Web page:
M.U.S.C.L.E. collectors often have their own personal techniques, tips, and preferences for cleaning figures. When the Silver Boat Paint figures, part of the Purple Claw Project, were first shared with the M.U.S.C.L.E. community the use of 409 to remove the boat paint was one of the methods suggested. It ultimately became one of the two initial methods tested (nail polish remover being the second).
The 409 “testing” was done rather haphazardly and poorly documented. However, there were some positive results yielded. The test figure (#22) ended up in better condition, but far from perfect – for a variety of reasons. At the time, it made the 409 cleaning method seem like a very likely solution for removing the silver boat paint.
While 409 initially ended up being the cleaning solution used, a Google search of popular paint removal techniques for toys, miniatures, and action figures revealed another option – Simple Green. It appeared that Simple Green was a rather popular choice for removing paint from a variety of items.
With two similar cleaning products, 409 and Simple Green, it seemed prudent to simultaneously test their paint removal abilities.
Unlike the Baking Soda Recipie, there was no clear method or recipe that could be found. One learning from the initial 409 testing was that the constant changing of the cleaning solution was largely unnecessary. Having the figure and solution sealed by plastic wrap, or plastic bags, was also unnecessary.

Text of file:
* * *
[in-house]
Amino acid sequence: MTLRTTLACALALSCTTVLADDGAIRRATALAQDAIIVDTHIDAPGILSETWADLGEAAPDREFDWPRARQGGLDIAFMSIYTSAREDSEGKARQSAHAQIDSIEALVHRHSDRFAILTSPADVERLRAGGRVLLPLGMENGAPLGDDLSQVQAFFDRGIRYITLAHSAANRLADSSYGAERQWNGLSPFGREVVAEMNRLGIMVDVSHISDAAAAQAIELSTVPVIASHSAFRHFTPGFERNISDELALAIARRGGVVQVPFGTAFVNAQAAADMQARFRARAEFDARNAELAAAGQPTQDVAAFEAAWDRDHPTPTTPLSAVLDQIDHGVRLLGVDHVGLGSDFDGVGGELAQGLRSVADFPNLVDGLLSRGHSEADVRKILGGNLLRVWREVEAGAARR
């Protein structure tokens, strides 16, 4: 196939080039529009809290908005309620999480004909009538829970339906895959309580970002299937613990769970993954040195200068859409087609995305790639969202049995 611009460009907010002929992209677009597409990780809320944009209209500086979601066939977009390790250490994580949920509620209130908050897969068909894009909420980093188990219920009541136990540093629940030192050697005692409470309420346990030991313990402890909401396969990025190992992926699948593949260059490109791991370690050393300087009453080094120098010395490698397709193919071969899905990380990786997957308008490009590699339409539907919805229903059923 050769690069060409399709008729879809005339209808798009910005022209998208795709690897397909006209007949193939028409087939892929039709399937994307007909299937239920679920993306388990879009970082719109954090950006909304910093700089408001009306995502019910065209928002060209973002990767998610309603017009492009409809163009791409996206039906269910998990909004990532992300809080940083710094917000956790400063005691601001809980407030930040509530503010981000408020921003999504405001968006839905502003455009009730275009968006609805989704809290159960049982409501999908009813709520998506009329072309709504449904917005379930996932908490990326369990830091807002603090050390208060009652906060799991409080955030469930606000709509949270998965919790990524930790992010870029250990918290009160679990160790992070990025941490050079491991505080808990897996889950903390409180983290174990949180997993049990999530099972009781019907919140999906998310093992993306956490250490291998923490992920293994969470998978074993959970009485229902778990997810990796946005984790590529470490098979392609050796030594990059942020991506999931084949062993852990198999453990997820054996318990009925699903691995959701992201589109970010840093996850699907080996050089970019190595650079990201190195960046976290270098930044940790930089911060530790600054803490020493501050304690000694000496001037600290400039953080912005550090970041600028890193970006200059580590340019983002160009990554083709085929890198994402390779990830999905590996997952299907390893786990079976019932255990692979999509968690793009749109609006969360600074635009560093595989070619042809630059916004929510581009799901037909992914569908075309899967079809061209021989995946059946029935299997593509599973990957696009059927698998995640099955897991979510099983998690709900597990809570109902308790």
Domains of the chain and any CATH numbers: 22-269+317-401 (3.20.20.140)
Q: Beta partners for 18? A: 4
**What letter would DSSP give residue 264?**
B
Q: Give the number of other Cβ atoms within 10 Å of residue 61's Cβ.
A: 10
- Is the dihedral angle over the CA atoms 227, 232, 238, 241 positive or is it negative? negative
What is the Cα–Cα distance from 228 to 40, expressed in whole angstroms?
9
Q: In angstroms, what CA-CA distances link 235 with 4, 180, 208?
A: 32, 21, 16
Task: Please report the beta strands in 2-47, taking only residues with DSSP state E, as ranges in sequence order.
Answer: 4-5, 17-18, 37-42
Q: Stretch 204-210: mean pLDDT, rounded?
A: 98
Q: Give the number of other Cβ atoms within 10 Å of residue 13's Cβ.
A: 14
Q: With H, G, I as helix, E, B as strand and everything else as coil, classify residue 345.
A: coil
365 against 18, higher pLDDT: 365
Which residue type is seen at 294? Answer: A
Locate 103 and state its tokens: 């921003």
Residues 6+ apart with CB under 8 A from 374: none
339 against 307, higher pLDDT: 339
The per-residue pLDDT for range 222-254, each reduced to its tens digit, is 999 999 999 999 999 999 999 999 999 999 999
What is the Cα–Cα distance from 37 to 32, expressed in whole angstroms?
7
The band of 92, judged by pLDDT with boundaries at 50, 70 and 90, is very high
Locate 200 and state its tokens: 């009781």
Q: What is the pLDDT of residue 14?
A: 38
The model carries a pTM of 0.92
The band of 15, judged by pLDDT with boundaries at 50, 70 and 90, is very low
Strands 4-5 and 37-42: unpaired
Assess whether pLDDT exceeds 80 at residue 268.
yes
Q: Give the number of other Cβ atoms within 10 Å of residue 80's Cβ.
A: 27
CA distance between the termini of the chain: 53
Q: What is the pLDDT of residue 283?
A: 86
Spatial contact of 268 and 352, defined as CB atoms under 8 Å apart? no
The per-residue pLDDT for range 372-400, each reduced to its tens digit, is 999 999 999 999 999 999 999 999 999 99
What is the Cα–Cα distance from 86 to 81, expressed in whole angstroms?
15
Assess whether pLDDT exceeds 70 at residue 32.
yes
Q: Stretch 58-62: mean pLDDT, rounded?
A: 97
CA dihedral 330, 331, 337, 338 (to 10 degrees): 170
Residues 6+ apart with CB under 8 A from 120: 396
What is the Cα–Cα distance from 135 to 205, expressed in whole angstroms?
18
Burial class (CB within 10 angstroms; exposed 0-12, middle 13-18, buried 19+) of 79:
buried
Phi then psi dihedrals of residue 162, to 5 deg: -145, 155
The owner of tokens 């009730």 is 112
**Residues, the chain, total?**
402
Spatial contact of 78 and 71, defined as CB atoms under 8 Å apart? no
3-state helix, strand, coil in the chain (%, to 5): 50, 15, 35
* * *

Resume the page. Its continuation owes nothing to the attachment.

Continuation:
Each painted figure was placed into the glass cup and cover with approximately 3 ounces (90 mL) of cleaning solution. A small saucer was put over the figures to prevent anything from falling into the solution, plus it allowed for any gases that may develop to easily escape.The figures were left to soak for four days. The only time they were handled in any manner was to move the cups for daily progress pictures. The figures were never touched and the cleaning solutions were never changed.
After four days the figures were removed from the cleaning solutions. The figures were then scrubbed with a toothbrush. More delicate and detailed cleaning was done with an eyeglass repair flathead screwdriver. This screwdriver was selected because it provided a flat edge for scraping, a fine point for digging, and was not so sharp that it cut or damaged the figure. Each figure was cleaned with the toothbrush and screwdriver for approximately 40 minutes.The Simple Green figure (#2) was the first to be removed and cleaned. Upon completeion of the first figure, the 409 figure (#93) was removed and cleaned in the same fashion.
The original 409 test (on figure #22) shaped the somewhat pessimistic expectations regarding the overall effectiveness of soaking the figures. The results had suggested that 409 was effective, but still required extensive scrubbing and scrapping to remove the paint and primer. Because of these pessimistic expectations the Simple Green figure was chosen as the figure to be removed from the solution. The hope was that it would be immediately clear if there were any major similarities or differences between Simple Green and 409.
When the figure was removed from the solution, it became immediately clear that the discoloration was a positive attribute. The silver paint looked nearly completely removed from the figure. The white primer remained, but even it had completely disappeared from some places on the figure.